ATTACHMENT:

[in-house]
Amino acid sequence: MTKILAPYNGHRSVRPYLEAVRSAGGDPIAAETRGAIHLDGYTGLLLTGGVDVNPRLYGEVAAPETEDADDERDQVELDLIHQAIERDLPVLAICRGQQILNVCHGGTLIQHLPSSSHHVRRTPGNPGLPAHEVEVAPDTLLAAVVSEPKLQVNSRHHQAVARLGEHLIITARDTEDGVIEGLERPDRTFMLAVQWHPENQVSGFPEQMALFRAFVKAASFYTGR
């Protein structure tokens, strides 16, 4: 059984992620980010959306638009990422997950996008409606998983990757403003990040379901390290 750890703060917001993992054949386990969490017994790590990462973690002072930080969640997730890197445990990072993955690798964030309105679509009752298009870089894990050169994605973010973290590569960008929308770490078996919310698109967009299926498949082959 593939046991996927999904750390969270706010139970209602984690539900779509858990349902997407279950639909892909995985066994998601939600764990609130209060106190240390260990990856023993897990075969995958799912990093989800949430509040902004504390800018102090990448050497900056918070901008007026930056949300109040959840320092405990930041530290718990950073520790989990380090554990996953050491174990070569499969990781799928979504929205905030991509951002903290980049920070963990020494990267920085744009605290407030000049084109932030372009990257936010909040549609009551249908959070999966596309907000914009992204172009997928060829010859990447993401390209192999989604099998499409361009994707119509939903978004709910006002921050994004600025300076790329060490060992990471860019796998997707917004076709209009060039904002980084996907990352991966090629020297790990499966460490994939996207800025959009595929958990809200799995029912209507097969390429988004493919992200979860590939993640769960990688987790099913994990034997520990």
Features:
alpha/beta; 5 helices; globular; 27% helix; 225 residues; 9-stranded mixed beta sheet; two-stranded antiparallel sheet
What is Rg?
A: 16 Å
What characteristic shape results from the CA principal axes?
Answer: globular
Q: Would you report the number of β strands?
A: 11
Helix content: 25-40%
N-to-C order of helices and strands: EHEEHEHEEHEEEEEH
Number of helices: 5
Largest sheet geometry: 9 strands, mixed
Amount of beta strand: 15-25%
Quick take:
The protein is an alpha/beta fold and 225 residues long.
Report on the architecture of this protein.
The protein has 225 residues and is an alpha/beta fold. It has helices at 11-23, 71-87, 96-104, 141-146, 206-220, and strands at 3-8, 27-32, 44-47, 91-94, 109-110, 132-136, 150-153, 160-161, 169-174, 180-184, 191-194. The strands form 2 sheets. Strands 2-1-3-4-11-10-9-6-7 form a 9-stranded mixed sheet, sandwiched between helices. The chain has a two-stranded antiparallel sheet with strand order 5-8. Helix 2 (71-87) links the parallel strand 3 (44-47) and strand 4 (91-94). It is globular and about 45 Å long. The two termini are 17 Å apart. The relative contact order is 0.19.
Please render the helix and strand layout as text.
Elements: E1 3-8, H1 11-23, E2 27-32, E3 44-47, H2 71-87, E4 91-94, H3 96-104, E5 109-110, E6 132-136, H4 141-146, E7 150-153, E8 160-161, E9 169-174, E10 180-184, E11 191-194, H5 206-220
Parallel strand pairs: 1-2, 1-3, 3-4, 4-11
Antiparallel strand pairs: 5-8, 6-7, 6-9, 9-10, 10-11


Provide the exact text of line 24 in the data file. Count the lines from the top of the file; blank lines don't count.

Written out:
Antiparallel strand pairs: 5-8, 6-7, 6-9, 9-10, 10-11